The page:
shewn to them in an ample supply of all good, which, like the fleece of Gideon, shall make them full of divine favour, while the ungodly around them in the earth are dry; the Lord saith, “ they shall not labour in vain, nor bring forth for trouble; for they are the seed of the blessed of the Lord, and their offspring with them.” (Isaiah Ixv. 23.) Hence they are said to be “a chosen generation, a royal priesthood, an holy nation, a peculiar people.” (1 Pet. ii. 9.) Yea, they are expressly declared “to be built upon the foundation of the apostles and prophets, Jesus Christ himself being the chief corner-stone ; growing unto an holy temple in the Lord, in whom they are builded together, for an habitation of God through the Spirit.” (Eph. ii. 20—22.) And to-add no more, the Lord saith of his church, “ Thou shalt also be a crown of glory in the hand of the Lord, and a royal
diadem in the hand of thy God.” (Isaiah lxii. 3.) And what a multitude of Scriptures is the Bible full of, to testify the corresponding affection : « Fear not Abraham, I am thy shield, and thy exceeding great reward.” (Gen. xv. l.) “ Thou God seest me,” said the handmaid of Abram in a moment of great extremity. (Gen. xvi. 13.) “Yes (said Elihu,) he withdraweth not his eye from the righteous." (Job. xxxvi. 7.) “Can a woman forget her sucking child, (saith the Lord,) that she should not have compassion on the son of her womb ? yea, they may forget, yet will I not forget thee.” (Isaiah xlix. 15.) Thus appealing to every sense of our nature, to demonstrate that our God is all eye, all ear, in watching over his people, his dear children,“ keeping them night and day, that none shall hurt them.” (Isaiah xxvii. 2, 3.)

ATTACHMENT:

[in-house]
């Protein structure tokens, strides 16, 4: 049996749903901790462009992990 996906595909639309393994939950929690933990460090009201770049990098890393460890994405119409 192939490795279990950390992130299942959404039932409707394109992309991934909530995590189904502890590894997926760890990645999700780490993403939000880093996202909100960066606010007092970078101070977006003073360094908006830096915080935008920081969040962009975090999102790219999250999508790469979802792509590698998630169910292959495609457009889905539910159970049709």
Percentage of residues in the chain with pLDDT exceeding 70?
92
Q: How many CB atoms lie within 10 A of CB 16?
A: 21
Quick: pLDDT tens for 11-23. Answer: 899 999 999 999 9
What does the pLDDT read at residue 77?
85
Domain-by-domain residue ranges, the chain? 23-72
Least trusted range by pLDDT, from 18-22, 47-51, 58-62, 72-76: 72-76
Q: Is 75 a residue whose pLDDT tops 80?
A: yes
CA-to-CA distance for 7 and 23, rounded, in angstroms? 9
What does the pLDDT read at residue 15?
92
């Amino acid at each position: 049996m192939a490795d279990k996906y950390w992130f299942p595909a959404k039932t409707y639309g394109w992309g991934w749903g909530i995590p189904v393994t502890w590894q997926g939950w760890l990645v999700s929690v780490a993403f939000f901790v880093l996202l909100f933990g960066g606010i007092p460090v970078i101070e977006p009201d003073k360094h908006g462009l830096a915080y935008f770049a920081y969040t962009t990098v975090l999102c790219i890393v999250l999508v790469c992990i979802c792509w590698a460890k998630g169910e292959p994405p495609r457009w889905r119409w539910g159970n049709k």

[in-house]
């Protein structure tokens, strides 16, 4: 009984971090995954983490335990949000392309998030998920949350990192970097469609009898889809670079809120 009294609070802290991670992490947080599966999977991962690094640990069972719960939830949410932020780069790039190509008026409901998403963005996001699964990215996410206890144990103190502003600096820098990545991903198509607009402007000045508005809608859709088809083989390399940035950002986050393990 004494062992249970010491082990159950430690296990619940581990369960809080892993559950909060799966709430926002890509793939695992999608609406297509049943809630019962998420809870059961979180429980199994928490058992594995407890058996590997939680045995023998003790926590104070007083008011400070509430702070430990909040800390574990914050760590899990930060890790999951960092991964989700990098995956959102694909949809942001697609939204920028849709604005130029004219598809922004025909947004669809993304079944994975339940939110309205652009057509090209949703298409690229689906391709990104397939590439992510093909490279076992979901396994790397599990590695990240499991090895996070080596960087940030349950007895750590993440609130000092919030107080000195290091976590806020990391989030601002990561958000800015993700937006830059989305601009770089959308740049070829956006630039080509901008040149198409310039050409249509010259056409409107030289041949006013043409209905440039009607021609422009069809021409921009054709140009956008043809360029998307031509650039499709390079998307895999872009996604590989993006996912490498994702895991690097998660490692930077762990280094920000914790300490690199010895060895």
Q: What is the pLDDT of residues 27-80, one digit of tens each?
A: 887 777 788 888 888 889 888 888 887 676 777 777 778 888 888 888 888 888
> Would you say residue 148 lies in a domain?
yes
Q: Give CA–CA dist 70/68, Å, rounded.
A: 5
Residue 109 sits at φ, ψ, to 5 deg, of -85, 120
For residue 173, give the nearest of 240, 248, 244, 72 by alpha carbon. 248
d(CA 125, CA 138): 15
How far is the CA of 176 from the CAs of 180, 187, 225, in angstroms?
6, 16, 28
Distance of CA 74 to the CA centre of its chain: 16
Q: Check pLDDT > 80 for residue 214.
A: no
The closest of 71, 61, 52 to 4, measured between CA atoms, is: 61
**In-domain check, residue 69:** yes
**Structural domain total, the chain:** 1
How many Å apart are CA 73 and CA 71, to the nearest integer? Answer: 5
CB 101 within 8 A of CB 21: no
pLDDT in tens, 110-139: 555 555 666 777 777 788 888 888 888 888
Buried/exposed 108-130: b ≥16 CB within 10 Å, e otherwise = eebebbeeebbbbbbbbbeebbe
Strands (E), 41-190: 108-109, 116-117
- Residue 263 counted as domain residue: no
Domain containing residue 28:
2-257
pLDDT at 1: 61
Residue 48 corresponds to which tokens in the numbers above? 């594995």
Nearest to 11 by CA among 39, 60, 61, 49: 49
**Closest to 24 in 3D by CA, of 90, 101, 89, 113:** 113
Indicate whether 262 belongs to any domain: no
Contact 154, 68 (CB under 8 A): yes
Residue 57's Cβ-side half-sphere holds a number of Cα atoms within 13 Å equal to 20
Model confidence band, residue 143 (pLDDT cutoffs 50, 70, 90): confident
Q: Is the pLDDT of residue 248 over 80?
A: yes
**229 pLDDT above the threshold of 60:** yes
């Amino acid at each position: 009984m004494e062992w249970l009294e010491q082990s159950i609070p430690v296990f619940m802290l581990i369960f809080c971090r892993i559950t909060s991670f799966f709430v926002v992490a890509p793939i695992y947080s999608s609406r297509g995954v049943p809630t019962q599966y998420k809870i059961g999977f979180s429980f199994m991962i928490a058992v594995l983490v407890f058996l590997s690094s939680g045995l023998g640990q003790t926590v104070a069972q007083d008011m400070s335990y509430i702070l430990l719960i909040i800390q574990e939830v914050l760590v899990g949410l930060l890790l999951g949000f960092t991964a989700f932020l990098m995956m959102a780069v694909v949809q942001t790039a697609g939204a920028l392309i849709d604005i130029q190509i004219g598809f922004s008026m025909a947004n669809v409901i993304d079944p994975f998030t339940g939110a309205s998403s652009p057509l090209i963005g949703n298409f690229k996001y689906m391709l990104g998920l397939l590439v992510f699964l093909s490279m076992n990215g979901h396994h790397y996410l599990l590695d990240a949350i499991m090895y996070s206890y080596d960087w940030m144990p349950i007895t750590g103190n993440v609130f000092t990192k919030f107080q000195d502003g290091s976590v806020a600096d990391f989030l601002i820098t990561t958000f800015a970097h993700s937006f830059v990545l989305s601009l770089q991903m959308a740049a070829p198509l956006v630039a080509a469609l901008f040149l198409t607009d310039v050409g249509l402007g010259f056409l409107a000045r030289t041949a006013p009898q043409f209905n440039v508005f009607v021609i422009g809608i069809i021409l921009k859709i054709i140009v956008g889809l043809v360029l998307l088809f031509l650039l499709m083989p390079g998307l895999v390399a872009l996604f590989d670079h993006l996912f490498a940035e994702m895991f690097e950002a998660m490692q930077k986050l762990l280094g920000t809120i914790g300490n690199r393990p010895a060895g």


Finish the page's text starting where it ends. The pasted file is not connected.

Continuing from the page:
But we shall have a clearer view of this subject, and under the unction of the Holy Ghost be led into a more scriptural and spiritual apprehension of the numberless gracious things included in it, if we trace it to its source. Every effect must have had a cause. And the cause wherefore the church in Christ, in every individual of Christ's mystical body, are " dear children," ariseth from the everlasting love of Jehovah in his trinity of persons towards the church, "according to the eternal purpose which he purposed in Christ Jesus our Lord!” (Ephes, iii. 11.) And if you
observe the words of the text, there is a some what referred to in what went before to this amount, when the apostle saith therefore, “be ye therefore followers of God as dear children." He grounds this as the reason why they should be followers of God; namely because they are dear children. In the preceding chapters he had been very largely proving the doctrine, in the united love of Father, Son, and Holy Ghost, towards the church in those acts of
grace, whereby their relation to God in Christ is manifested, and now calls upon the church on their part to set forth the reality, by a suitable life and conversation.
I must not at this time call upon you to look back and trace the subject through the preceding chapters, in confirmation of the truth ; though the subject would be highly profitable, and can never be studied too often, or too warmly cherished under spiritual'enlightenings, in the church of Christ. But my text contains in its bosom enough for our present contemplation without amplifying particulars. “ Followers of God as dear children” include the affectionate love and obedience to all the persoos of the GODHEAD in Christ; because each glorious person hath taken equal part in those acts of grace. And the walking in love as Christ also hath loved us, and given himself for us,” is not confined to our love of him, or love to one another, but eminently higher than both, in meaning our walking in his love to us as the cause, and then walking in love to him and to each other, as the effect, according to the statement of Scripture, that if we love him, it is becuase he first loved us. (1 John iv. 19.) And the sweet savour of his offering and sacrifice, being the unction of the Holy Ghost, through whom Christ made the propitiation; and through whom it becomes so to his people, in "" wisdom, righteousness, sanctification and redemption, that according as it is written, he that glorieth, let him glory in the Lord.” (1 Cor. i. 30, 31.)
Under this view here is proposed to our meditation a subject of the sweetest and most soul-refreshing nature, in being called upon as dear children to be followers of God, that is, in his trinity of persons; in which we learn from Scripture that the whole of the Holy Three in One are blended, and in which following of the Lord in this endearing point, the blissful